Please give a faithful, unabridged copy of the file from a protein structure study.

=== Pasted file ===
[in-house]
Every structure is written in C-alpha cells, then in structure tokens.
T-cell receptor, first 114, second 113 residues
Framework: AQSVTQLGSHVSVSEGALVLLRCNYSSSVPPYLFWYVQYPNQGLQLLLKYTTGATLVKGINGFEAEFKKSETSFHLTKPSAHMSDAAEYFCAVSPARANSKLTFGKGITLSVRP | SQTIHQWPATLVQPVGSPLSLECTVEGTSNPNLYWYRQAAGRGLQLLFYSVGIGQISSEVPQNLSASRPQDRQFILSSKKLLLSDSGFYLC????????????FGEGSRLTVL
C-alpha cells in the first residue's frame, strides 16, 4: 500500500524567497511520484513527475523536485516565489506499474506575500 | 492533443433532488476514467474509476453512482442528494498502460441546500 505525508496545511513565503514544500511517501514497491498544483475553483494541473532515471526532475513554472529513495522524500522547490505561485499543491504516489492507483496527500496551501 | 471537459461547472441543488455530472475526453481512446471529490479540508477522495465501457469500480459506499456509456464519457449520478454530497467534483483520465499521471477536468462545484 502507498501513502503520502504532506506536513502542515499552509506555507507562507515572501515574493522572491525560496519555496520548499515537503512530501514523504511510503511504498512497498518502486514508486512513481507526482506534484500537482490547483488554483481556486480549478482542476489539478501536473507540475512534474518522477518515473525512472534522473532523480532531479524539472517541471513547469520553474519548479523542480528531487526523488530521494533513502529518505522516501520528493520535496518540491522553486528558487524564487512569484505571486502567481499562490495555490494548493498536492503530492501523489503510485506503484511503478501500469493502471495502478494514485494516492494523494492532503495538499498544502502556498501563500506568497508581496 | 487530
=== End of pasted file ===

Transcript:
[in-house]
Every structure is written in C-alpha cells, then in structure tokens.
T-cell receptor, first 114, second 113 residues
Framework: AQSVTQLGSHVSVSEGALVLLRCNYSSSVPPYLFWYVQYPNQGLQLLLKYTTGATLVKGINGFEAEFKKSETSFHLTKPSAHMSDAAEYFCAVSPARANSKLTFGKGITLSVRP | SQTIHQWPATLVQPVGSPLSLECTVEGTSNPNLYWYRQAAGRGLQLLFYSVGIGQISSEVPQNLSASRPQDRQFILSSKKLLLSDSGFYLC????????????FGEGSRLTVL
C-alpha cells in the first residue's frame, strides 16, 4: 500500500524567497511520484513527475523536485516565489506499474506575500 | 492533443433532488476514467474509476453512482442528494498502460441546500 505525508496545511513565503514544500511517501514497491498544483475553483494541473532515471526532475513554472529513495522524500522547490505561485499543491504516489492507483496527500496551501 | 471537459461547472441543488455530472475526453481512446471529490479540508477522495465501457469500480459506499456509456464519457449520478454530497467534483483520465499521471477536468462545484 502507498501513502503520502504532506506536513502542515499552509506555507507562507515572501515574493522572491525560496519555496520548499515537503512530501514523504511510503511504498512497498518502486514508486512513481507526482506534484500537482490547483488554483481556486480549478482542476489539478501536473507540475512534474518522477518515473525512472534522473532523480532531479524539472517541471513547469520553474519548479523542480528531487526523488530521494533513502529518505522516501520528493520535496518540491522553486528558487524564487512569484505571486502567481499562490495555490494548493498536492503530492501523489503510485506503484511503478501500469493502471495502478494514485494516492494523494492532503495538499498544502502556498501563500506568497508581496 | 487530